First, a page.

Foreign volunteers in Spain came from dozens of countries: across Europe from Ireland to Greece, across the Americas from Canada to Argentina and from as far afield as Ethiopia, New Zealand and China. While individual circumstances varied greatly, most fought to confront and contain fascist aggression in Europe. With both Nazi Germany and fascist Italy actively intervening in the civil war from its earliest days, volunteers hoped that checking their ambitions in Spain would halt their expansionist diplomacy and strengthen European commitments to collective security.

Even with a shared sense of mission and much goodwill, working together still proved challenging. With dozens of languages in regular use, it was difficult for volunteers to coordinate effectively with Spanish military units, and cooperation between the different international units could also be fraught.

While linguistic problems limited the military effectiveness of the volunteers on the battlefield, the simple reality was that even 35,000 foreign recruits could not turn the tide of a conflict fought by hundreds of thousands of soldiers on both sides. The sudden arrivals of volunteers did play a critical role in stiffening the defense of Madrid in 1936-37, but high casualties and dwindling replacements made the International Brigades less effective as the conflict wore on. Up to a quarter of the volunteers died in Spain, the result not just of the intense battles in which they fought, but also their limited experience and training.

Up against the rebellious Spanish army — and its German and Italian allies — Spanish Republican forces and the International Brigades were often outmatched in training and equipment. Most of the remaining International Brigades were withdrawn from Spain just months before Franco’s victory in early 1939. For decades to come, as Franco’s repression silenced most in Spain, the veterans of the International Brigades along with exiled Spanish Republicans helped keep memory and knowledge of the struggle alive.

This history points to a mixed record when it comes to incorporating international volunteers into a military force during war. While medical volunteers and specialist technicians could play particularly valuable roles in Ukraine, having to train large numbers of inexperienced international volunteers for combat could be costly. Focusing on recruiting those with actual military experience and weapons training, or those skilled in medical or technical work needed for the war effort, could make these costs worth it. This is a lesson that may need to be relearned the hard way — Ukrainian authorities said on March 5 that all prospective volunteers were welcome whether they have combat experience or not.

As in Spain, there are questions about ideological gatekeeping. There is a risk, for example, that radical right-wing groups could become recruitment networks. While the far right is hardly unified on the issue of Ukraine, association with any such volunteers may increase the effectiveness of Russian propaganda painting Ukraine as “fascist.” Propaganda and information warfare have been vital in the conflict thus far, and the Ukrainian government can ill afford to recruit foreign fighters without any care for their background or motives.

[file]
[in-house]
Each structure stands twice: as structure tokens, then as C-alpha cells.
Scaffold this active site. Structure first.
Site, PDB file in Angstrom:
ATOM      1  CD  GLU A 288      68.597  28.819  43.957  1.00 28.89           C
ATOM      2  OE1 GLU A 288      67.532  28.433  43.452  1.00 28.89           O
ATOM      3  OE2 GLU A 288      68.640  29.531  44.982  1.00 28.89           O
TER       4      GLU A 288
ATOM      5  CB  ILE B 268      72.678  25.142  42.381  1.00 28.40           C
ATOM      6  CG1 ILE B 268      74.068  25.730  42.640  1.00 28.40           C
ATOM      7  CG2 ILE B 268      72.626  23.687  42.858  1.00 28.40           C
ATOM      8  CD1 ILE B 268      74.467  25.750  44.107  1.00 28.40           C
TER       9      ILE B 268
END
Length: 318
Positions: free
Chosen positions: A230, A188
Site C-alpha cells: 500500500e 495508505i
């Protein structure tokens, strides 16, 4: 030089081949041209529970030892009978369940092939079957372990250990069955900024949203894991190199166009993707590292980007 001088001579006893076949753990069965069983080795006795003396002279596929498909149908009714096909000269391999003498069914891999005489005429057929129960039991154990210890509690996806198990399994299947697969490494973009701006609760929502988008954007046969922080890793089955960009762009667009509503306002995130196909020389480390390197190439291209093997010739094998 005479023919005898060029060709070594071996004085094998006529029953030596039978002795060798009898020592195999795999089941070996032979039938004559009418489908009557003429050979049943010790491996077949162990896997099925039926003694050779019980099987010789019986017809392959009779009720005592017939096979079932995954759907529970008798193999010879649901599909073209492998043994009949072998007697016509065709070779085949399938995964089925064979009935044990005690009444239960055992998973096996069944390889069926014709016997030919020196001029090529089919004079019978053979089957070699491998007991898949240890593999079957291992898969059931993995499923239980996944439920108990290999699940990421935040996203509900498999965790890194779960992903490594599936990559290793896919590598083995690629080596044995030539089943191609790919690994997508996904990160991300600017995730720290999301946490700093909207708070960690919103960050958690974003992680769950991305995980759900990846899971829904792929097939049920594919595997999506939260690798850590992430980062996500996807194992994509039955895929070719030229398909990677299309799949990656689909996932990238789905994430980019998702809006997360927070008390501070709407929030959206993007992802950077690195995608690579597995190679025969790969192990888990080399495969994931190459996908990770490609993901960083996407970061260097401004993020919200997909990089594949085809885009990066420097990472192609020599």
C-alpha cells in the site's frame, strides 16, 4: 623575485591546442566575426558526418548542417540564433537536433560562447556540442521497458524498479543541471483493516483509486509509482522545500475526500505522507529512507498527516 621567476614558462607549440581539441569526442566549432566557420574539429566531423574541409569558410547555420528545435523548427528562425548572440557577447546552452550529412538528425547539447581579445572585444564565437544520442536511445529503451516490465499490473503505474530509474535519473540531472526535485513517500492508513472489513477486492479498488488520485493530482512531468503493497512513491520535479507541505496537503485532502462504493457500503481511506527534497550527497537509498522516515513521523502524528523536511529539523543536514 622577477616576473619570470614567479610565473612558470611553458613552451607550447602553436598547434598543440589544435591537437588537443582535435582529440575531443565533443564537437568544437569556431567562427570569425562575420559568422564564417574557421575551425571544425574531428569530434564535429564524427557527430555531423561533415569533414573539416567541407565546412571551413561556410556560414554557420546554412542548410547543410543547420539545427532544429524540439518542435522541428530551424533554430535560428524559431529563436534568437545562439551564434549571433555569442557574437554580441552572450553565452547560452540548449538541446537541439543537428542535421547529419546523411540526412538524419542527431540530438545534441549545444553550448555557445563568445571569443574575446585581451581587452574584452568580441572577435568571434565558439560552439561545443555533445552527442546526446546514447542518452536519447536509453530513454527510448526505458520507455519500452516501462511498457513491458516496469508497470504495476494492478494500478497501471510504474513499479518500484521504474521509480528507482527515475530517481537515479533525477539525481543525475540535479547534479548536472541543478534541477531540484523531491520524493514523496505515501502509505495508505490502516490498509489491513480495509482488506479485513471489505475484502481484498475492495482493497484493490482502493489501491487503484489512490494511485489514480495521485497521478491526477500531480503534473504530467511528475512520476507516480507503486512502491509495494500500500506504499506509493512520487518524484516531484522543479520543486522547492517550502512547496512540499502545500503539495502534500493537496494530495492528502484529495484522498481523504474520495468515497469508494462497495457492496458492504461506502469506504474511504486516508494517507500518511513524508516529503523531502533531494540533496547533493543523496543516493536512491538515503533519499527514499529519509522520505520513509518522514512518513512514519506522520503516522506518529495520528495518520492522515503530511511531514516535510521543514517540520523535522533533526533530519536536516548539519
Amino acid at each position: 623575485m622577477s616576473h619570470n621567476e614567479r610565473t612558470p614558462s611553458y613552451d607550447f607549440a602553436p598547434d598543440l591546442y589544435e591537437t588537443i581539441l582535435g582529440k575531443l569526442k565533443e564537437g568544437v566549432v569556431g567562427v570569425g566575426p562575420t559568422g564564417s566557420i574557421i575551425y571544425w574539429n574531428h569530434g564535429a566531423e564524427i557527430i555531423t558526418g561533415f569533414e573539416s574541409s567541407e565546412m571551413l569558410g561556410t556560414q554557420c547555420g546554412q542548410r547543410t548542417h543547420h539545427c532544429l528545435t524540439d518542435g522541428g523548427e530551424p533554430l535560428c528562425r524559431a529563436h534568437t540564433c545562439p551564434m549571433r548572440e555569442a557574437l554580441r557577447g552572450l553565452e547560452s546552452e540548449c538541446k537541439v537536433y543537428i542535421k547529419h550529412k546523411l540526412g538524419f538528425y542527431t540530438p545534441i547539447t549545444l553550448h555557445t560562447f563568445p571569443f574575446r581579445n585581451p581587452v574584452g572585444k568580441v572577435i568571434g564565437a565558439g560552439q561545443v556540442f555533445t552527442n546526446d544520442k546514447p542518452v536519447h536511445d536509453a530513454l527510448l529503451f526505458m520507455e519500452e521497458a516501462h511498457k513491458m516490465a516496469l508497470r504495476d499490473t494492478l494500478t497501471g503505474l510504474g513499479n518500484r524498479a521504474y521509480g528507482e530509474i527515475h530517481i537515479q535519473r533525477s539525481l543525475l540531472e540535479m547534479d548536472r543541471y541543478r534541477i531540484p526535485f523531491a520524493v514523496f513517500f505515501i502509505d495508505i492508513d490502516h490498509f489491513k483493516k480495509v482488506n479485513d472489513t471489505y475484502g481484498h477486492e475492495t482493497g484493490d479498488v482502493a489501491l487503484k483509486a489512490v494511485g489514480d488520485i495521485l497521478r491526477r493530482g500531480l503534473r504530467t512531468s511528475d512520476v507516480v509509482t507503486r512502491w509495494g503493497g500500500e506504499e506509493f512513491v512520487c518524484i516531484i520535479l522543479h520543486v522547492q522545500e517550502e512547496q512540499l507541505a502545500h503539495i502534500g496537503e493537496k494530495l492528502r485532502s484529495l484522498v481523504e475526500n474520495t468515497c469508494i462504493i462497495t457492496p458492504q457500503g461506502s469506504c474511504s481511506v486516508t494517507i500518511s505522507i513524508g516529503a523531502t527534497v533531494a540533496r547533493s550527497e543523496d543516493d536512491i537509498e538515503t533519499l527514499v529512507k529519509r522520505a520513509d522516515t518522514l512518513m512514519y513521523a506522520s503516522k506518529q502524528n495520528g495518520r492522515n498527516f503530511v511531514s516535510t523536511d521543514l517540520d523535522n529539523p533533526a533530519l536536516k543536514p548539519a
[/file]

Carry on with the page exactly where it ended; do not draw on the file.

Perhaps the most useful foreign recruits for Ukraine would be individuals in the Ukrainian diaspora, particularly those with military experience or training. Indeed, on March 5, Ukraine’s Defense Ministry claimed that 66,000 Ukrainian men had returned to fight — an impressive number if accurate. Such volunteers could integrate into both the Ukrainian armed forces and civilian landscape with relative ease. While English probably will emerge as a lingua franca among foreign volunteers today, encounters with local troops, civilians and command structures will still make local language skills vital.

According to historian Nir Arielli, foreign fighters can serve three main purposes: compensating for manpower shortages, filling vital skills gaps and advancing political propaganda. In the short term at least, this final purpose is most pressing. Ukrainian authorities are skillfully rallying world opinion to their side, and the foreign volunteers are now a prominent part of their communication strategy.

Recruits from abroad will create links between the war zone and the wider world, maintaining public investment in events even after the initial shock and spectacle of wartime aggression fades. Without direct foreign intervention — which remains just as unlikely today as it once was in Spain — volunteers from abroad can become important and enduring symbols of international solidarity.